Kittens and male cats: Can they be good daddies?

Most female cats will make good mothers. They’ll feed, wash, and care for their kittens. But what about male cats? Do they make good parents, too, even when they didn’t father the litter? Many of us have at least heard that male lions kill all the cubs they didn’t father when they take over a pride. I’ve sometimes wondered if that extends to other feline species. Can kittens and male cats be good together?

One woman’s experience with kittens and male cats changed her whole outlook

Dianne Meriwether answered that question, which originally appeared in the question form Quora, in a blog post that appeared in The Huffington Post. In it, she said she would have thought that male cats did not make good daddies. Her experience involves a male feral cat that approached their house after her female cat had kittens in the house. She had always heard that male cats eat kittens, so this frightened her. She thought he was after a meal.

What happened, though, surprised her. At first, she held one two-week old kitten up to the screen door, and the male cat responded by rubbing his cheeks on the screen. She finally let him in when the kittens were about four weeks old. He spent time washing each of the kittens, while their mother spent time trying to stay out of their reach. He also taught them to hunt, and fend for themselves. They followed him everywhere.

Male cats can sometimes take over mama’s role in her absence, but it’s wise to be careful with kittens and male cats

The Nest has an article with its own take on whether male cats can make good daddy cats. Author Elle Di Jensen of Demand Media advises people to keep an eye on mothers and their kittens if male cats are around, because they may still pose some danger. She also discusses some anecdotal evidence that male cats have actually shown up at people’s doors with litters of kittens in tow. Kittens wouldn’t follow a cat that threatened them; they’d run and hide.

Other answers to the original question on Quora insist that male cats can’t be good fathers. The bottom line appears to be that there’s no one way to answer this question. So, if you have a new litter of kittens in your household and male cats around, protect them, and perhaps introduce the male cats very slowly when the kittens are older. If the males show any aggression towards the kittens at all, keep them separate.

Urine crystals in cats: What causes them and how do you get rid of them?

A little while ago, we noticed that someone was peeing on some of our furniture. Given that we’ve got two cats on fluoxetine long-term due to stress marking, I was worried that their medicine wasn’t working anymore. But then I noticed something odd when I treated the pee spots with Urine Away. They became sparkly, which I’d never seen before. The spots weren’t saturated enough to cause that, and I realized we might have a cat with urine crystals. Urine crystals in cats require veterinary diagnosis and treatment.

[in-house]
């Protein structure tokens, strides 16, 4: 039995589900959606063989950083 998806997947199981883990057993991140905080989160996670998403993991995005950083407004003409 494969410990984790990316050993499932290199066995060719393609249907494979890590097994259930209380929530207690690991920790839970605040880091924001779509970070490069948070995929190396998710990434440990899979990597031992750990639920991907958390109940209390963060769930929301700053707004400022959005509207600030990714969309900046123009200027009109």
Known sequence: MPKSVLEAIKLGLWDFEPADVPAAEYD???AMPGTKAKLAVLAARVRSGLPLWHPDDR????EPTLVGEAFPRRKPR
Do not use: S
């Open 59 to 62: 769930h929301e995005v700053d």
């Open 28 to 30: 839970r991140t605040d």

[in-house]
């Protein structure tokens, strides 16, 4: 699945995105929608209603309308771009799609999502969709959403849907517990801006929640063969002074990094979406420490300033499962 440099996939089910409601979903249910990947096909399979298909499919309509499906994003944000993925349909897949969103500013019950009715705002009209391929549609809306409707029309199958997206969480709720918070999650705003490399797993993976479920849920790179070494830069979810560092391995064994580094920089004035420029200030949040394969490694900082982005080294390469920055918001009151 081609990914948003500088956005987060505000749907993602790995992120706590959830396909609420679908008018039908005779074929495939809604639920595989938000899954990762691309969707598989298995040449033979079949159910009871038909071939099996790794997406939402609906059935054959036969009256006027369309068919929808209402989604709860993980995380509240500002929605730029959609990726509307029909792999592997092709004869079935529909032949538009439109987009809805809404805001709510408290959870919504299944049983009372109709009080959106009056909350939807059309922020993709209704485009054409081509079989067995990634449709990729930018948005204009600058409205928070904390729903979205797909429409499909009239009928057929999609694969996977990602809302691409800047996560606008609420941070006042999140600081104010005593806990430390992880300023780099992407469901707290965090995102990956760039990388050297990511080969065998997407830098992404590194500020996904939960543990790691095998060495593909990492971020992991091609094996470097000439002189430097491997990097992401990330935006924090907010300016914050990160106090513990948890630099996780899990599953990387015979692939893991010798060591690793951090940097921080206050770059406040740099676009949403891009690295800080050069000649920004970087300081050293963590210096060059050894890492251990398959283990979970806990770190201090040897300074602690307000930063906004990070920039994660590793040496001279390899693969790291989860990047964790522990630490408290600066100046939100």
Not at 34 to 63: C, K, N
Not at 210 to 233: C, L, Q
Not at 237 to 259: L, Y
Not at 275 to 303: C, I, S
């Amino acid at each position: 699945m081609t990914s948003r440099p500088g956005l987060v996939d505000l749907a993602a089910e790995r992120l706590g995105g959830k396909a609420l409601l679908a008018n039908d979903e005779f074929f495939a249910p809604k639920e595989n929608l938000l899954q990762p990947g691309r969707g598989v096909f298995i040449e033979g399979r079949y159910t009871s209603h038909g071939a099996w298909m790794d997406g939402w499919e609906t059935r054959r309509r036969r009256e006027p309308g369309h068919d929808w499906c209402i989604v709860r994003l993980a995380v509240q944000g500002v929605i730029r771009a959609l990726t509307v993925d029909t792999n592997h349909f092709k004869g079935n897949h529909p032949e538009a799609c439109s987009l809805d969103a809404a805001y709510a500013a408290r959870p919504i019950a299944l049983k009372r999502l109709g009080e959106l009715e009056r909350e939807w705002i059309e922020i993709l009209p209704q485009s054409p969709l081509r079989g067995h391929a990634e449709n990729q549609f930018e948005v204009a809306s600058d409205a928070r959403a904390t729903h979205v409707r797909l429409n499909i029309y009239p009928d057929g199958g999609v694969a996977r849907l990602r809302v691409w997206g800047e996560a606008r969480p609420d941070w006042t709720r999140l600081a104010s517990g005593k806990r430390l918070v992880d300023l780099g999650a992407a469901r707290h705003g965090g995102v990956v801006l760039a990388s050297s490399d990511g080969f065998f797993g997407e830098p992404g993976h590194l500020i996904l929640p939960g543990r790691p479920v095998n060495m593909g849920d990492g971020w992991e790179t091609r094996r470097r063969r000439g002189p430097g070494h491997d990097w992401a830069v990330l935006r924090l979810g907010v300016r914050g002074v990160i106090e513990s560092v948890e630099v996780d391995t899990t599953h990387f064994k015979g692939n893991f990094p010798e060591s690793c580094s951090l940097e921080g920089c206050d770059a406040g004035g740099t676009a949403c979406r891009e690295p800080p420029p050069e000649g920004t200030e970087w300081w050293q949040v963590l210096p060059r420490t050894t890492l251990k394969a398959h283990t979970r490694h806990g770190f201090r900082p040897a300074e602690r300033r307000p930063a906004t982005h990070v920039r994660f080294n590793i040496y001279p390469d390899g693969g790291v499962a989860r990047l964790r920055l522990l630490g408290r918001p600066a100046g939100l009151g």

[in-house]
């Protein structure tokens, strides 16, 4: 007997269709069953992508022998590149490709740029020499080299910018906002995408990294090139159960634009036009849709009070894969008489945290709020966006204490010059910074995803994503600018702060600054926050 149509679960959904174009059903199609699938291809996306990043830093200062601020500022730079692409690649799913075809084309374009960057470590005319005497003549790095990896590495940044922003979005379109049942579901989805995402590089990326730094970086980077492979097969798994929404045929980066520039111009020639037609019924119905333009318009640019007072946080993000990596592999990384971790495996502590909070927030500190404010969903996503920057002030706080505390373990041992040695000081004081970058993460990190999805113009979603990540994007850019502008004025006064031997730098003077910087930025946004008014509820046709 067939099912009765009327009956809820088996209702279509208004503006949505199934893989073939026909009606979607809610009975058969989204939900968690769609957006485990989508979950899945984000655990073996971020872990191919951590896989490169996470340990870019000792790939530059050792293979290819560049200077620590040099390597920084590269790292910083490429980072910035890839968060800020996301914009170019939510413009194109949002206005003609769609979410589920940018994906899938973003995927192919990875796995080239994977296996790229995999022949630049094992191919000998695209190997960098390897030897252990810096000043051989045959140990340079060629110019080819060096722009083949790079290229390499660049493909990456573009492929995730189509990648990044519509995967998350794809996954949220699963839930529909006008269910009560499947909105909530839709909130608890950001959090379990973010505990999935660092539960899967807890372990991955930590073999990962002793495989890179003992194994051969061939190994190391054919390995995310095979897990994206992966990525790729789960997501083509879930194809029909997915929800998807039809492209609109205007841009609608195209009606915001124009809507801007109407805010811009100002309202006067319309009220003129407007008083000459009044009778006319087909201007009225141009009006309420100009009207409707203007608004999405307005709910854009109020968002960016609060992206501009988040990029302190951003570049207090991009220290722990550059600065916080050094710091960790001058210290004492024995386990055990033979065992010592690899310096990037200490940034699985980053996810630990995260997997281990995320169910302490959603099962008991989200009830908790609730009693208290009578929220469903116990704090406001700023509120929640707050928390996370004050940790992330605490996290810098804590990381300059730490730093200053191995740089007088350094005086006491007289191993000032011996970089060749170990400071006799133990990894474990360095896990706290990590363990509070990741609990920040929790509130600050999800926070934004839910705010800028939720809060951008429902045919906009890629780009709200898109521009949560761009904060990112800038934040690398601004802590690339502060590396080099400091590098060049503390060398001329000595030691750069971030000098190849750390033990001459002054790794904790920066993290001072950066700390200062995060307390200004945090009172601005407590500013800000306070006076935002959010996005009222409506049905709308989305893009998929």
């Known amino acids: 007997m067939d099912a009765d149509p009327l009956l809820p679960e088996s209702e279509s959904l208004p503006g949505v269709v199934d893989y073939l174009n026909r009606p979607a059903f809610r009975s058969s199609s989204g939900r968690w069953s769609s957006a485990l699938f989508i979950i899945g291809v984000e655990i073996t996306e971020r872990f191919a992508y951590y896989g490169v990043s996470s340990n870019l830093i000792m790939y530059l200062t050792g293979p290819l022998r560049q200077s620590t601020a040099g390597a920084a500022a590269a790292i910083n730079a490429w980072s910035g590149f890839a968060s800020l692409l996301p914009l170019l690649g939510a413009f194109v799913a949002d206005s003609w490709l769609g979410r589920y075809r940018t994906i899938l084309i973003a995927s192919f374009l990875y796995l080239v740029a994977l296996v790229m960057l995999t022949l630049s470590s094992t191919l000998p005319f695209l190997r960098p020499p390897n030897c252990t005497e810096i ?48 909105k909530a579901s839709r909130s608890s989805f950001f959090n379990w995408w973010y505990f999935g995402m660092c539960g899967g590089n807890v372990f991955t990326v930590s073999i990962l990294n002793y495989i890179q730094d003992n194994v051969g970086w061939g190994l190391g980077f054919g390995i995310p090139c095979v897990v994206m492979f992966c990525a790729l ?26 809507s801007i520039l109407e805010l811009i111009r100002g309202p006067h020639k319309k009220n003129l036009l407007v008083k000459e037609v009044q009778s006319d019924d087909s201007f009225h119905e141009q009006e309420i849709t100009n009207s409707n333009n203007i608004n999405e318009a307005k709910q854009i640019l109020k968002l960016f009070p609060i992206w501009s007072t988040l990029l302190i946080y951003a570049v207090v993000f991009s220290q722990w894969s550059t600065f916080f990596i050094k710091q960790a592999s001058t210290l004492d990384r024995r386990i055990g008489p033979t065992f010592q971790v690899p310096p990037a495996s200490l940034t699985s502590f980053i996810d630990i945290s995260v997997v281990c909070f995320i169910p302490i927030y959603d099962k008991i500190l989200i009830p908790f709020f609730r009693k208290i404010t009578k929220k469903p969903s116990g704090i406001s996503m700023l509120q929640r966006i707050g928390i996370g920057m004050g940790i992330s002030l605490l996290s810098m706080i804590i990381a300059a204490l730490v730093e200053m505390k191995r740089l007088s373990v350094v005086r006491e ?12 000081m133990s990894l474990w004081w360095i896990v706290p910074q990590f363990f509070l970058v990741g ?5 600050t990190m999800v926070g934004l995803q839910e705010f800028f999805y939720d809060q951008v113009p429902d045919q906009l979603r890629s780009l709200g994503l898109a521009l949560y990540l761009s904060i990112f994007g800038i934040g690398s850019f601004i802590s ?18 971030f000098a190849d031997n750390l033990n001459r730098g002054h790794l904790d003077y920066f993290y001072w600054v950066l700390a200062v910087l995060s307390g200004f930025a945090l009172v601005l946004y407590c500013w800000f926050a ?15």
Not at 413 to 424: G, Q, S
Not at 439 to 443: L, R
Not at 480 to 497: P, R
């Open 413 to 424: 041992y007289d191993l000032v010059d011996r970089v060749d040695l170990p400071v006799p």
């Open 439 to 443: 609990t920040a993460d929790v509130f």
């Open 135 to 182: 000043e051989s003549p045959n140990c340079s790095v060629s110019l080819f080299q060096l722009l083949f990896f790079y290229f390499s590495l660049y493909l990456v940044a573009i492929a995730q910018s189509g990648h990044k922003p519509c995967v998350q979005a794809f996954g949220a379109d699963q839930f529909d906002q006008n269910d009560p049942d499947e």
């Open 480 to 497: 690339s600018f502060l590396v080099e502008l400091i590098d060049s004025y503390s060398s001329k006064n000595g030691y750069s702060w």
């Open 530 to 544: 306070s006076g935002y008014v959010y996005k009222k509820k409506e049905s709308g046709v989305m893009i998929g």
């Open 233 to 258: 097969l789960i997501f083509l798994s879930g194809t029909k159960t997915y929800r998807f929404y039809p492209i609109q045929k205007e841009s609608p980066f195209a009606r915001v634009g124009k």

The first thing we had to do was take all four of our cats to the vet for testing because we didn’t know who it was. It’s always a good idea to take your cats in when new and worrisome behaviors appear. Urine crystals can be irritating to your cat’s bladder and urethra, making them feel like they need to go all the time. They can also lead to stones, which can cause life-threatening blockages, and cause UTIs. This is why it’s so important to take your cat to the vet if your cat is peeing outside the litter box.

What causes urine crystals in cats?

It depends on the type of crystal, but some causes are:

  • Urine pH is too high or too low
  • Dehydration
  • Dietary issues (which can affect urine pH levels)

How are urine crystals in cats treated?

This, too, depends on what caused the crystals. Sometimes, simply ensuring that your cat is getting adequate water is enough. Other times, your cat may need a change in diet, or even medicine, or some combination of all of this.

It’s important to note that urine crystals in cats may show an underlying problem. Your vet will work to determine whether that’s the case, and if so, recommend an appropriate treatment for it in order to stop the crystals.